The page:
Tonight, I hope that commemorating the tragedy of the loss of HMS Dasher on the Floor of the House offers some tribute to the strength of North Ayrshire and Arran’s people, bringing the horror and devastation of the sinking of HMS Dasher to life while also remembering and honouring those who died and those who survived, sometimes with physical or psychological injuries. The crew were part of a war against tyranny, and they made the ultimate sacrifice to protect our freedoms and democracy. We must retell their story and pay tribute to them to ensure their memory lives on. Conflict continues in many parts of the world. This anniversary must remind us of those men and women who devote their lives to upholding democratic principles—principles that Ukraine is battling to defend as we speak.
In North Ayrshire and Arran, we have a proud history of supporting our Army, Navy, Air Force and Marines. I thank all servicemen and women, their families and Royal British Legion volunteers who support our veterans and have ensured that HMS Dasher’s sinking is properly commemorated, woven as it is into the fabric of Ardrossan’s history. I wish I had time tonight to give a roll call of all those lost on HMS Dasher, but instead I will simply ask the Minister to join me in paying tribute to all those who were so tragically lost that night, so suddenly. The impact on the survivors is beyond anything we can imagine, and the grief of the bereaved families would have been profound and life-changing.
As I prepared for the debate, and in response to my early-day motion 969 on the 80th anniversary of HMS Dasher’s sinking, I was contacted by David Mackintosh, who was involved with the HMS Dasher Association for many years, and whose great uncle Cecil John Davis, Ordinary Telegraphist, was lost at the age of 21 when the vessel went down. He is now buried in Ardrossan cemetery. This tragedy is truly part of Ardrossan, and the memorial to the lives lost has a prominent place in the town. I pass it regularly, as it is sited metres from my constituency office. The graves of those young men are well tended in Ardrossan cemetery, and they are treated with the reverence and respect they are due. This is a special day of commemoration for the people of Ardrossan, many of whom I know will have reflected quietly on this anniversary, with a great sense of loss and grief across the town. I hope the Minister will join me in paying tribute to all those who were on board HMS Dasher that night, those who survived, and those who did not. We will always remember their great bravery and their ultimate sacrifice.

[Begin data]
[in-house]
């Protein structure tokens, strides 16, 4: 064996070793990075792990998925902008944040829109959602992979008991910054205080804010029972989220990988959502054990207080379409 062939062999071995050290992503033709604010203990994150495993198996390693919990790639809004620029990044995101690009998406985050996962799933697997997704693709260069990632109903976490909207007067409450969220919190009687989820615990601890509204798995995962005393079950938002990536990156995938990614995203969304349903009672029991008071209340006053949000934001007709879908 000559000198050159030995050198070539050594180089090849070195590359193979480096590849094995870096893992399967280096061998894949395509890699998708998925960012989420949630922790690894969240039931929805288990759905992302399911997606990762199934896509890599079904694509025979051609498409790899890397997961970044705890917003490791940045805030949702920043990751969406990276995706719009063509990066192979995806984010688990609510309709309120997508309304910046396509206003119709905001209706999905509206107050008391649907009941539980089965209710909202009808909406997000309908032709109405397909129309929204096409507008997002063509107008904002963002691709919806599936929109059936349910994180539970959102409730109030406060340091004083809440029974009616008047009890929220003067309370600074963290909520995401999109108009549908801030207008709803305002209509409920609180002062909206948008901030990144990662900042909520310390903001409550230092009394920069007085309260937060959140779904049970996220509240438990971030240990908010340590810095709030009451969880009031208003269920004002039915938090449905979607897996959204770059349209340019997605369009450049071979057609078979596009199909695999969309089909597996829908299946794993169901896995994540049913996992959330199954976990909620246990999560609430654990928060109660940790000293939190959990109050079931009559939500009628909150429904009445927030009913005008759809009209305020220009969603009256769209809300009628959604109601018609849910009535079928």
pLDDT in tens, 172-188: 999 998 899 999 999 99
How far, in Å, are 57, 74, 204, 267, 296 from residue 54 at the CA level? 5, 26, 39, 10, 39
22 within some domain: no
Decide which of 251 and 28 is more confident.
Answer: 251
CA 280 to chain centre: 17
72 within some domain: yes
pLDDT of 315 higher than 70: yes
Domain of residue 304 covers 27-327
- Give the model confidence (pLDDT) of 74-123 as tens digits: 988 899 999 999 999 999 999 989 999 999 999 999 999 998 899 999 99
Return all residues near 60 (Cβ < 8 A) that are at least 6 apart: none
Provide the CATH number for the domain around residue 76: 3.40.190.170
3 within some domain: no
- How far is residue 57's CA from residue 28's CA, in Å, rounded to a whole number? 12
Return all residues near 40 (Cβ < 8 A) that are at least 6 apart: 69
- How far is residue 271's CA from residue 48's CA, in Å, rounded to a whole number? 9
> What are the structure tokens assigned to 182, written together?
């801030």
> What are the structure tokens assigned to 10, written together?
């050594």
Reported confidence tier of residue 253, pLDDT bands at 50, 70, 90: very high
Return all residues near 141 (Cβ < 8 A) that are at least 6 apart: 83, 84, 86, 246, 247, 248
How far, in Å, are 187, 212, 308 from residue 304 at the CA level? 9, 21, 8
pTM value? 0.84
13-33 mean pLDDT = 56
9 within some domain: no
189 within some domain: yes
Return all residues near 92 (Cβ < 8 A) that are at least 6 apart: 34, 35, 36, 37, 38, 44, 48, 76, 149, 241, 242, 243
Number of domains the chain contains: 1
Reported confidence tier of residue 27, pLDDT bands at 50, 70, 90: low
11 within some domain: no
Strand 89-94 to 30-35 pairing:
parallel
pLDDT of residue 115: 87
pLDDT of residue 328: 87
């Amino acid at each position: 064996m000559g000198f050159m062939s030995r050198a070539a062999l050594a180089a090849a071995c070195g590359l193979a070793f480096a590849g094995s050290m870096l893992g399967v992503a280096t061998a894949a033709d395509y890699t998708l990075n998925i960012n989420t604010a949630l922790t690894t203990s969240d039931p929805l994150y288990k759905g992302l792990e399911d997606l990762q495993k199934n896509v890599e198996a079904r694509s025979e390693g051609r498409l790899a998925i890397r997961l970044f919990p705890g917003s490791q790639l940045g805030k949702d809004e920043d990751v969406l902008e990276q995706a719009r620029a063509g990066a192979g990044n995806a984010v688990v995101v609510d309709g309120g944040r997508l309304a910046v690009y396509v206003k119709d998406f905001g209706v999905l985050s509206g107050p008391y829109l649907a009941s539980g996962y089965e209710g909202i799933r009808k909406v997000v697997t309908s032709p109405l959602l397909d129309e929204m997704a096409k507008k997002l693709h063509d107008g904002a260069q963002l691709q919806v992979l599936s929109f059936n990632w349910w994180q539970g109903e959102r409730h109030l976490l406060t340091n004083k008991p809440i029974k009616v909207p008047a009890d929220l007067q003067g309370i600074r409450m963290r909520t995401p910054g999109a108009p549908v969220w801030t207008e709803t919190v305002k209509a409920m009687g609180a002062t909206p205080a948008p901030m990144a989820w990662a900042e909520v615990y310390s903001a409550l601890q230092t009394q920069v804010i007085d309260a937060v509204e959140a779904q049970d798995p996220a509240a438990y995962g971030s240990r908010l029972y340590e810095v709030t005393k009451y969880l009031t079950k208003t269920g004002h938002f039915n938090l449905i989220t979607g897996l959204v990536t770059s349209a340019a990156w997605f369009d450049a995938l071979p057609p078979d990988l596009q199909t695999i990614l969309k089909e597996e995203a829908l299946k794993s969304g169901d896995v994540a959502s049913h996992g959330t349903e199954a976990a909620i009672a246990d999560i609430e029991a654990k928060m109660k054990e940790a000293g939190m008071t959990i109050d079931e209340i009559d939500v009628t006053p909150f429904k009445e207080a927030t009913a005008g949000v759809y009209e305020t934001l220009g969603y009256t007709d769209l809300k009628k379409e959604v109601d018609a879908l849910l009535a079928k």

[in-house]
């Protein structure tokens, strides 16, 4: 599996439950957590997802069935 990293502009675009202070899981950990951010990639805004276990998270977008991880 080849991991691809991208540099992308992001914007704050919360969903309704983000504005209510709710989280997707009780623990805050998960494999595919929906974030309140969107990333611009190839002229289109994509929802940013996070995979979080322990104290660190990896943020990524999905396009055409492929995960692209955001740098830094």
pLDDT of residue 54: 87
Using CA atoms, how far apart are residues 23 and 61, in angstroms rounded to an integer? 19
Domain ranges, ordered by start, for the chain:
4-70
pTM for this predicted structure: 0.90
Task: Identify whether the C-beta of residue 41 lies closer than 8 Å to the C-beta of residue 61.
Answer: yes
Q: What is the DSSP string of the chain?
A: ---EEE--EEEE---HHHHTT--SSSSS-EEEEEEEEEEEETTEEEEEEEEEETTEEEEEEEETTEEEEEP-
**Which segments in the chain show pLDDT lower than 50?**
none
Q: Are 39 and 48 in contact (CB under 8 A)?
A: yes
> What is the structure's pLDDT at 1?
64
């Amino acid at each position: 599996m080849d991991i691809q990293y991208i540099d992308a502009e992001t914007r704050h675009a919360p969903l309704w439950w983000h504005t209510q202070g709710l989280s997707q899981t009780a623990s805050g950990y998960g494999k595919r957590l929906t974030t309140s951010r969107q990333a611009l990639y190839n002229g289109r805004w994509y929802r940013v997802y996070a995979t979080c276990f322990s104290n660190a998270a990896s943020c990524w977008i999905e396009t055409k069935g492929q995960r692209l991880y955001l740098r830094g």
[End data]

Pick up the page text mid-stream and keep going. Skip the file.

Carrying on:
I am grateful to Patricia Gibson for securing this debate to mark such an important anniversary, and for paying a moving tribute to those whose lives ended so tragically 80 years ago today. As she has set out, the explosion and subsequent sinking of HMS Dasher in the Firth of Clyde in 1943 was the second highest loss of life on a British warship in UK waters in the second world war. I cannot begin to imagine the depth of sorrow experienced by the families of the 379 men who lost their lives that day, unaware, as they were, of exactly how and where their loved ones had died. Back then, the situation was complicated by operational considerations and, as the hon. Lady has said, the Admiralty did not want the enemy to know the detail of the sinking of HMS Dasher. I therefore join her in remembering the crew of HMS Dasher. In doing so, we will preserve the memories of that terrible day, and their loss.
Let me take this opportunity to reflect on HMS Dasher’s remarkable, albeit short, history. A former cargo vessel, it was acquired from US operator Moore-McCormack Lines by the American navy on our behalf in 1941. Under the lend-lease scheme, it was converted into an aircraft carrier at a shipyard in New Jersey, before joining up with the Royal Navy to support the war effort a year later. Although her service was brief, Dasher played a central role in Operation Torch, the allied invasion of north Africa that was designed to remove the Axis presence from the continent. Alongside two other aircraft carriers, HMS Biter and HMS Furious, Dasher provided vital cover for the landing at Oran, Algeria, in November 1942. The operation marked the first time that the UK and the US had worked together on an invasion plan, and it resulted in a remarkable success, enabling the allies eventually to defeat German Field Marshal Rommel’s forces, and seize control of north Africa.